Last summer, officials with the Iowa Department of Transportation announced plans to replace the state’s standard license plate — a blue and white design with a farm and city skyline.
The existing plate had been in use since the late 90s.
In August, at the Iowa State Fair, Iowa Gov. Kim Reynolds unveiled three finalist designs, which would be open to public vote.
The winning plate was to be selected with public and law enforcement input.
Later that month, the Iowa DOT announced the winning design was “City and Country Reboot,” which depicts a city skyline in the upper left, a wind turbine and a farm in the upper right, and a green field along the bottom.
The design received nearly 39 percent of votes cast in a public poll.
What’s Happened Since
Last Tuesday, the Iowa DOT announced that new plates had begun production at Iowa Prison Industries in Anamosa and would begin appearing on Iowa vehicles in the next few weeks.
“The main purpose of license plates is to make the vehicle easily identifiable,” LaVonne Short, with the Iowa Department of Transportation, said in a Tuesday news release. “We did quite a bit of testing to make sure the new plates serve that purpose well.”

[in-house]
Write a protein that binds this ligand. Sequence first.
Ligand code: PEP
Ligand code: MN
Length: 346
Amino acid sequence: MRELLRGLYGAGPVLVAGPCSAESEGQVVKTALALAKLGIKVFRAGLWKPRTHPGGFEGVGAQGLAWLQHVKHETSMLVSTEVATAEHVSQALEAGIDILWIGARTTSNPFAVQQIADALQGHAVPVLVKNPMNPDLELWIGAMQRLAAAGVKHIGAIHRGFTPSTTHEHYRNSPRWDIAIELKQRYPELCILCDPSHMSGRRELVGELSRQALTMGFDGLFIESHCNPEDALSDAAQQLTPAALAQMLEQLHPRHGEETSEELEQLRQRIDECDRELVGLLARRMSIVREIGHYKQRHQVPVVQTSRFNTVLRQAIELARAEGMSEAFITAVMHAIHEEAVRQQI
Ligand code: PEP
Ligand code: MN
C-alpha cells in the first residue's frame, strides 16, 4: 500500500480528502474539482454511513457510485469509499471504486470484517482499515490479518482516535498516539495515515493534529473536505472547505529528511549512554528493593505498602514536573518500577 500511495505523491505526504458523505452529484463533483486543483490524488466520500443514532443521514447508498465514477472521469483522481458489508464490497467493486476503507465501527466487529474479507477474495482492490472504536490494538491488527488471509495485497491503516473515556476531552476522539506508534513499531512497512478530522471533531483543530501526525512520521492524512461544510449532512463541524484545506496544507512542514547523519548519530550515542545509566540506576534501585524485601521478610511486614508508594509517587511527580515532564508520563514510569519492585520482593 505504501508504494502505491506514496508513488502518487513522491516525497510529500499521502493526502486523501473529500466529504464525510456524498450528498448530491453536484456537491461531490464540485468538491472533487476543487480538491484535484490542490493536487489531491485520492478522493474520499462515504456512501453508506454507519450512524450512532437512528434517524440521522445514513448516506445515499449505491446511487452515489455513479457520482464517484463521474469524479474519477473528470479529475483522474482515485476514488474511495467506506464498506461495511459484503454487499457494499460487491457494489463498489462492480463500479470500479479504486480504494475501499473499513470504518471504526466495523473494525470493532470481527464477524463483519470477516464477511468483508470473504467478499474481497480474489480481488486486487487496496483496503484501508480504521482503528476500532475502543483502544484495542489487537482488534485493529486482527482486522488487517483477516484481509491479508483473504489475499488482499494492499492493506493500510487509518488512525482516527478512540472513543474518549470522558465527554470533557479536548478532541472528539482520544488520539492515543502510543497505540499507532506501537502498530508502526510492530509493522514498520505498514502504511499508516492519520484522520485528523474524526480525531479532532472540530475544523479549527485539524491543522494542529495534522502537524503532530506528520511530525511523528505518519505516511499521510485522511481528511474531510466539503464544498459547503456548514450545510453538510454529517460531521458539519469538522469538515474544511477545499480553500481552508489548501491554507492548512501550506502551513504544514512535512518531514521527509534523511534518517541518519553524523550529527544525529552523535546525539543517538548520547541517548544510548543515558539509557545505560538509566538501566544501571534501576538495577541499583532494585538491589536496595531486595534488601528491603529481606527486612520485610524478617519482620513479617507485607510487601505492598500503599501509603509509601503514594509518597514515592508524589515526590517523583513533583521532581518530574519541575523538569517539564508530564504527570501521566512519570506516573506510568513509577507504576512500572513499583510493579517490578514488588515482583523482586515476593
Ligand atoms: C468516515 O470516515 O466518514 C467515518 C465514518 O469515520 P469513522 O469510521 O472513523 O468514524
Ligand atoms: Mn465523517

The plates have three letters followed by three numbers. The original plates had three numbers followed by three letters.
Plates will be assigned to newly acquired vehicles and will replace lost or damaged plates. They also will be assigned to vehicles when existing license plates reach the end of their 10-year life span.
ARTICLE CONTINUES BELOW ADVERTISEMENT
Plates will be distributed to each county treasurer’s office. With the state’s automated plate-ordering system, plate inventories are tracked and new plates are produced and delivered as needed.
Counties distribute plates at different rates, so it may be a few months before the new designs show up in some Iowa counties.
Urban counties with a higher population, meaning more plate turnover, could see the new design sooner that rural counties.
l Comments: (319) 398-8309; firstname.lastname@example.org